?Slots in the eclipse ballooning project are all taken, but there are other citizen science projects with unlimited capacity. A NASA video invites anyone with a smartphone and an outdoor thermometer to download an app and participate in a study about how much the temperature drops during the eclipse.

Another smartphone-based experiment run by the California Academy of Sciences invites you to choose nearby plants or animals to observe immediately before, during and after the eclipse and report behavioral changes you see

Eclipse photographers can upload pictures of the total solar eclipse with location coordinates. The University of California-Berkeley and Google will stitch those together into what they're calling a crowdsourced "Eclipse Megamovie." ?

"This total solar eclipse across the United States is a unique opportunity in modern times, enabling the entire country to be engaged through modern technology and social media," Carrie Black, a program director at the National Science Foundation's Division of Atmospheric and Geospace Sciences, said in a statement. "Images and data from as many as millions of people will be collected and analyzed by scientists for years to come." 

?"This is a generational event," agreed Madhulika Guhathakurta, NASA lead scientist for the 2017 Eclipse. "This is going to be the most documented, the most appreciated, eclipse ever." 

?The scientific observations will mostly come from along the "path of totality," the 60 to 70-mile wide ribbon where the moon will completely cover the sun. Northwest cities under the path of totality include Lincoln City, Salem, Corvallis, Madras, Prineville, John Day and Ontario, Oregon, and Weiser, Cascade and Stanley, Idaho.

The moon's shadow will produce a partial eclipse across a much wider swath.

Eight Eclipse Citizen Science Projects:  

  • Eclipse Ballooning Project - Students will launch high altitude balloons from more than 35 locations across the total eclipse path sending live video and images from near space to the NASA website.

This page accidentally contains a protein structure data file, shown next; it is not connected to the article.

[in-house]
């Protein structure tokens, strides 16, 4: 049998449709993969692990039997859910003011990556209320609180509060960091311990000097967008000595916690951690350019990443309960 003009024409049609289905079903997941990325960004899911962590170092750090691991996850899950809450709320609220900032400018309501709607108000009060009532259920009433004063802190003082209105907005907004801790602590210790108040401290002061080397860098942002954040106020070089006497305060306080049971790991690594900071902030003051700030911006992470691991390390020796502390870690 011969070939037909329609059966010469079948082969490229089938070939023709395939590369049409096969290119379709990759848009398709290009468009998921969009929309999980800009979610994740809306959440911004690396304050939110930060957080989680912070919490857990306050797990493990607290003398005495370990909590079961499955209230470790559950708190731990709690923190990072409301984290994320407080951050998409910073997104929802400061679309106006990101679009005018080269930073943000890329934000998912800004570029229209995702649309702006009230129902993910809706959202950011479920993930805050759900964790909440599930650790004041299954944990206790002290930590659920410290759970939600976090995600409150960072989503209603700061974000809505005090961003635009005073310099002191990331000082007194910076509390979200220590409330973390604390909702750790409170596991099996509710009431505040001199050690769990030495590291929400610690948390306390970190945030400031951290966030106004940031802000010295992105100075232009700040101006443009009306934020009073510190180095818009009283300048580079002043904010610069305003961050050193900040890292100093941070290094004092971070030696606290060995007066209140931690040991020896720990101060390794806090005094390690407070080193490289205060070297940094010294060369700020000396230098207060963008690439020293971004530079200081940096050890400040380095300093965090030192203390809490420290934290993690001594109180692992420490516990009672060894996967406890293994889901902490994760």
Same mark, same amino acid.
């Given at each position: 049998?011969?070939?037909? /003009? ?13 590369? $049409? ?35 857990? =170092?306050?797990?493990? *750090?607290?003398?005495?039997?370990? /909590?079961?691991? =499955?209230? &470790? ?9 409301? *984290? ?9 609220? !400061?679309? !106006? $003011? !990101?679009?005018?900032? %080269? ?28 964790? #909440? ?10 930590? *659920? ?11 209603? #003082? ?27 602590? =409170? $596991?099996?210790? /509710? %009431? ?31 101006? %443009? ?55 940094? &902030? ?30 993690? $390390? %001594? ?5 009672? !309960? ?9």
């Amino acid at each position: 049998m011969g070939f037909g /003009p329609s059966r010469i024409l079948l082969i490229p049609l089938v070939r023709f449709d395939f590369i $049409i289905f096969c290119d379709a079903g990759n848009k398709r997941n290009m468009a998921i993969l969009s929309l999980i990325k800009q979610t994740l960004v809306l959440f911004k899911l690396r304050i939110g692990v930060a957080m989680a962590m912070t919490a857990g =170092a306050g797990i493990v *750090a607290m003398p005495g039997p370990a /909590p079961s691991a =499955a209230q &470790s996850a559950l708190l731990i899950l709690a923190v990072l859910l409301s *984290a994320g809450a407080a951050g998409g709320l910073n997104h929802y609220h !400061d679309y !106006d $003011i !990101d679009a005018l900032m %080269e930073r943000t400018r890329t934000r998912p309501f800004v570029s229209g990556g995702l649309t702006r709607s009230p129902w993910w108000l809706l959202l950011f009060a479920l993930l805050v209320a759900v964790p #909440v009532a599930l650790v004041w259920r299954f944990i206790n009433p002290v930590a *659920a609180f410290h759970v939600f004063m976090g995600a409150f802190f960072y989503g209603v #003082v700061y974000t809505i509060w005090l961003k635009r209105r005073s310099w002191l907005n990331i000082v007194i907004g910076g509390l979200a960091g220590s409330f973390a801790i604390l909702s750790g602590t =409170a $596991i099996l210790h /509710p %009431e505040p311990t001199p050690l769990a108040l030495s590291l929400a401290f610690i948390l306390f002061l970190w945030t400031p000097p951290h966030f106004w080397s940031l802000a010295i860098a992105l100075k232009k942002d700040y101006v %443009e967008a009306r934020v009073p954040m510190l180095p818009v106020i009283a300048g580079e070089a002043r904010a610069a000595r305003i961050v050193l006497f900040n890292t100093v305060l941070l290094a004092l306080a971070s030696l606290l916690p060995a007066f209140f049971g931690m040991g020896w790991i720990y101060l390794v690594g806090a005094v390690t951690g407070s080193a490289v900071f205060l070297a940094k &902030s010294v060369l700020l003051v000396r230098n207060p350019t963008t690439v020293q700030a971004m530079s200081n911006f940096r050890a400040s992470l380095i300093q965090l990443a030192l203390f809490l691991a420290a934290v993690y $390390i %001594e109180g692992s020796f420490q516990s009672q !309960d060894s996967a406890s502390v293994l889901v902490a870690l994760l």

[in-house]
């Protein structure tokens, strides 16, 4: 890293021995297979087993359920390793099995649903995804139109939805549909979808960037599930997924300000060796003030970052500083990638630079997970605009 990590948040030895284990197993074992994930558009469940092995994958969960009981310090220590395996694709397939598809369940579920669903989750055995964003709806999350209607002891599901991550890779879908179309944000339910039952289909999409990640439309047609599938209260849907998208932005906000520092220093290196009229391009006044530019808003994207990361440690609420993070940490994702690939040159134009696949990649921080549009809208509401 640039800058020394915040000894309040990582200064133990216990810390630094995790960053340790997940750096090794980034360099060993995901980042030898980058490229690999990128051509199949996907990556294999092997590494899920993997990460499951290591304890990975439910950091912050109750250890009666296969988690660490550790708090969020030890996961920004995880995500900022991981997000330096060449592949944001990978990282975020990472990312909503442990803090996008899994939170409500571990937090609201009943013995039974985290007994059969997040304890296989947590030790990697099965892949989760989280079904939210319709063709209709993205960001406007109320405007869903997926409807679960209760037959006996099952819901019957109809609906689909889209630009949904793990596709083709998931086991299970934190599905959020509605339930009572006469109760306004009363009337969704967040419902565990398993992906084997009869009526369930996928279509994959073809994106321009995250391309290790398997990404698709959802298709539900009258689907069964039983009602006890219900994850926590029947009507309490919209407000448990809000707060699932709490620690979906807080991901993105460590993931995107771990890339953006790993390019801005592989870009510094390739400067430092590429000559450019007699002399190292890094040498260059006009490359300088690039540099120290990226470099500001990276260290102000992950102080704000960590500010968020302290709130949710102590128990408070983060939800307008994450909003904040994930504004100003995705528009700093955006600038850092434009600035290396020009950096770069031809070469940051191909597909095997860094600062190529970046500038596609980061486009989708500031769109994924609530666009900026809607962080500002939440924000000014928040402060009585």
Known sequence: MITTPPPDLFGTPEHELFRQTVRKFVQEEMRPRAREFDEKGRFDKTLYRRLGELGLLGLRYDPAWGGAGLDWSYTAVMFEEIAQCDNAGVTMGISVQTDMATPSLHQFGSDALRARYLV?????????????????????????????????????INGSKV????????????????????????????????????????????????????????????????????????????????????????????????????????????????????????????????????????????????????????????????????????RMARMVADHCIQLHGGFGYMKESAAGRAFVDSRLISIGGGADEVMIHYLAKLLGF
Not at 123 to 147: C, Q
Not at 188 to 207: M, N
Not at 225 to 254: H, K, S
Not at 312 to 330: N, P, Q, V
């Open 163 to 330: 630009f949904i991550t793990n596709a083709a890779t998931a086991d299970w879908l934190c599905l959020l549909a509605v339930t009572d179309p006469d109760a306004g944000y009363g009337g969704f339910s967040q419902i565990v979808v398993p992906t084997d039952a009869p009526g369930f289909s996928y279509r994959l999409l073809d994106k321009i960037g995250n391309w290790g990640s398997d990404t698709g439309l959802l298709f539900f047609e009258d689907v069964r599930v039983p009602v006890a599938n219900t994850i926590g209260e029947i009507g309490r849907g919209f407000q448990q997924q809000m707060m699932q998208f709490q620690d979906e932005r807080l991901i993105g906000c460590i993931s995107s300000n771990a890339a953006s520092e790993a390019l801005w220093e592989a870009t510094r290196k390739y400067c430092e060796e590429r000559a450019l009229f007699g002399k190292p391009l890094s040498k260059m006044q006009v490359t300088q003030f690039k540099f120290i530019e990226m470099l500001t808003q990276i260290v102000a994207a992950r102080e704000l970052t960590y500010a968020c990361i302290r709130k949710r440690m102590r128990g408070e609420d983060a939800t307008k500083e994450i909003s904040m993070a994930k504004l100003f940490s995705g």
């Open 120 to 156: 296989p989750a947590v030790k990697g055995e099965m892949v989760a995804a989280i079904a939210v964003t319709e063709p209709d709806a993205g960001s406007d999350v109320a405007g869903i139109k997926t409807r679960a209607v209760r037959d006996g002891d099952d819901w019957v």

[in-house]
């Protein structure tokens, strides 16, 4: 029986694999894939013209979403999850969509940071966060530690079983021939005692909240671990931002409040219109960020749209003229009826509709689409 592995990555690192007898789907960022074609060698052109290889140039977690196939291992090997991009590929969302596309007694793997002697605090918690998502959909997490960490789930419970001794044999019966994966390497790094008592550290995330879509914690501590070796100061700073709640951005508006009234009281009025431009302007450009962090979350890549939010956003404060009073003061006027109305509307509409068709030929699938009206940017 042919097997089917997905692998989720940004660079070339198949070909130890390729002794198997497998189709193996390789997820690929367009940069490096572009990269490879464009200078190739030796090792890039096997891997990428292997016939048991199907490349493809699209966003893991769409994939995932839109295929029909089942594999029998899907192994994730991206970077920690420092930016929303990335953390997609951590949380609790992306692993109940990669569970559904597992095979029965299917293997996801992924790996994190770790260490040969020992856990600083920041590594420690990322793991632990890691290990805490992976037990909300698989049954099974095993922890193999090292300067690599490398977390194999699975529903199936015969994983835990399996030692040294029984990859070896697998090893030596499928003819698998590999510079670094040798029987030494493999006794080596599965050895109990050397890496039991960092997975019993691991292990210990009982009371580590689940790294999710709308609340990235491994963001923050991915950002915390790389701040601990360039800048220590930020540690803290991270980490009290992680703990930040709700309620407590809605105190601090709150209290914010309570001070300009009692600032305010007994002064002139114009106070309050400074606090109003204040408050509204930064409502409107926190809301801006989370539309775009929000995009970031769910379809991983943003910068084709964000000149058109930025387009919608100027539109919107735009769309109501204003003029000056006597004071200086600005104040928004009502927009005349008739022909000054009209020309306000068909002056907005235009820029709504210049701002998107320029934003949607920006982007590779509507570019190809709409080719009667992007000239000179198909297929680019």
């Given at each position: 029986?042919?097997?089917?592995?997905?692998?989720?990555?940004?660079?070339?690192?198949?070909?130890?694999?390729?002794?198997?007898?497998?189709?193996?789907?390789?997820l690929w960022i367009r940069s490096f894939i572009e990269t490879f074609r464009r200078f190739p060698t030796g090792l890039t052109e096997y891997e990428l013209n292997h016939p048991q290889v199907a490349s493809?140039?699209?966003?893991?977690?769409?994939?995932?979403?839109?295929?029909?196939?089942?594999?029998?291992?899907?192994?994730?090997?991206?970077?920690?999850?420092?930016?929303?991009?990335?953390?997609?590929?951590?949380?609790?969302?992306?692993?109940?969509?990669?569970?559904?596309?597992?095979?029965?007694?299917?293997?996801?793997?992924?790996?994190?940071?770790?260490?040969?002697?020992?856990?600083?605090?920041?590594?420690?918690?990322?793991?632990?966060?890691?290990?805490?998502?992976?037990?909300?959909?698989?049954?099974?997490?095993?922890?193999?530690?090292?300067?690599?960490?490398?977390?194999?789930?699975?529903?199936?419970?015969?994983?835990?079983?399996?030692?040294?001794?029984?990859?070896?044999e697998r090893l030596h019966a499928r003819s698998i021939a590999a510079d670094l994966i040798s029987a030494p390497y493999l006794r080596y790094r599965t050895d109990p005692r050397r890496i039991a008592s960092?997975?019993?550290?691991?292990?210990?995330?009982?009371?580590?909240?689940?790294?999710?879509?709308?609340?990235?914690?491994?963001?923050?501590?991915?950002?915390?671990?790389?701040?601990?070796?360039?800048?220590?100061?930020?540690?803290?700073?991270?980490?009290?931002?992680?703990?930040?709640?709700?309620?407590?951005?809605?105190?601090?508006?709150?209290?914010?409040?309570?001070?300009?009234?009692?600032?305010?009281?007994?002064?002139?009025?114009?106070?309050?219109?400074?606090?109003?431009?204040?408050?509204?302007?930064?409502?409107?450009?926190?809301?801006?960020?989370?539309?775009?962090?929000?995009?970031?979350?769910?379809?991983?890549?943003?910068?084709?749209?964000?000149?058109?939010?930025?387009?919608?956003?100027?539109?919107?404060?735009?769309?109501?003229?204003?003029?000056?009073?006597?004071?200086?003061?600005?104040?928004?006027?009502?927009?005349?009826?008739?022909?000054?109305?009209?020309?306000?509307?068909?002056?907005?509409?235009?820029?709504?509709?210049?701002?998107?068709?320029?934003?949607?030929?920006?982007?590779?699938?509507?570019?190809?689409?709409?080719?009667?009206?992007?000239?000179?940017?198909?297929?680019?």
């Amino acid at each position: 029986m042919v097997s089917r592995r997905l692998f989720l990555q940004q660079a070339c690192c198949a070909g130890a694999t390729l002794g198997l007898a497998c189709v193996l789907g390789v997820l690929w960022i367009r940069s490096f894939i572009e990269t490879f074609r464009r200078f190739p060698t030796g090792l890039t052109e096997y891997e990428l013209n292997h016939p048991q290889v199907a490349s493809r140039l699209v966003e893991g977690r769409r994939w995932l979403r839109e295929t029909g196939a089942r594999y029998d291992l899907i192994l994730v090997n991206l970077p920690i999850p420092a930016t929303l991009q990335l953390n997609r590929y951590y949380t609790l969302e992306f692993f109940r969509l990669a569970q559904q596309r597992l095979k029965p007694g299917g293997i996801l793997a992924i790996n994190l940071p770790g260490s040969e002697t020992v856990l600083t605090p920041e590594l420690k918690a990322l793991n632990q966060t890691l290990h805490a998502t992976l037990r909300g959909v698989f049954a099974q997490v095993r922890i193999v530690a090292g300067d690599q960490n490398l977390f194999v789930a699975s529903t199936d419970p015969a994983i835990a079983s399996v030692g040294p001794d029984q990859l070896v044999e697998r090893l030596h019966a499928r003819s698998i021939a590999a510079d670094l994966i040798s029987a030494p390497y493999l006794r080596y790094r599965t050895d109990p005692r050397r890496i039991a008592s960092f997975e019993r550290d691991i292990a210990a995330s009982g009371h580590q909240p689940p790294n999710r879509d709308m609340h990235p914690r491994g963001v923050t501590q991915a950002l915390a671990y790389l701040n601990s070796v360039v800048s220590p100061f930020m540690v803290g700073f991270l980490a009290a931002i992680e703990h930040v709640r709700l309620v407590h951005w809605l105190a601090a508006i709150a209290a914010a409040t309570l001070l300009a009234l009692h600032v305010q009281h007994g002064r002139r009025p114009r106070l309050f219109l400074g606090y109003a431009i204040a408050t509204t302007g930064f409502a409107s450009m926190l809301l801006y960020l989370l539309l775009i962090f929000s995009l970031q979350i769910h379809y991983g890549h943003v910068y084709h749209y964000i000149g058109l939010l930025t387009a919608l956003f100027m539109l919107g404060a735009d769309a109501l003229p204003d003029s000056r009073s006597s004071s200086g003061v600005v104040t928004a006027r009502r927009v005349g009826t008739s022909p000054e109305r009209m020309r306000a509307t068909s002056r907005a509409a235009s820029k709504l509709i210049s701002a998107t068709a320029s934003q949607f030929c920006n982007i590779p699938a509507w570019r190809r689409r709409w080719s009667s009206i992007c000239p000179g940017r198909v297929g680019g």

• NASA GLOBE Observer - Become an eclipse scientist by downloading the NASA app to make temperature and cloud cover observations during the eclipse.
  • The Citizen CATE Experiment - The project aims to capture images of the inner solar corona using a network of more than 60 telescopes operated by citizen scientists, high school groups and universities.
  • Eclipse MegaMovie 2017 -  Thousands of images from volunteer photographers and amateur astronomers will be stitched together to create an expanded and continuous view of the total eclipse as it crosses the U.S.
  • Eclipse Soundscapes - A multisensory experience of the eclipse for the visually impaired and others who won’t be able to see the eclipse. The app developers at Harvard/Smithsonian Center for Astrophysics want to crowdsource audio recordings of the August 21 event to capture the soundscape of the eclipse in different places.
  • Solar Eclipse 2017: Life Responds - Download an app to report your observations before, during and after the eclipse on how plant and animal life responds.
  • EclipseMob - Build your own radio receiver and participate in a crowdsourced effort to study the effect of solar radiation on the ionosphere.
  • HamSCI Eclipse Experiment - Amateur radio operators can participate in a study about the impact of solar eclipses on long distance radio signals by sending data and voice transmissions.

The American Astronomical Society website has a list of more citizen science projects.

Now semi-retired, Tom Banse covered national news, business, science, public policy, Olympic sports and human interest stories from across the Northwest. He reported from well known and out–of–the–way places in the region where important, amusing, touching, or outrageous events unfolded. Tom's stories can be found online and were heard on-air during "Morning Edition" and "All Things Considered" on NPR stations in Washington, Oregon, and Idaho.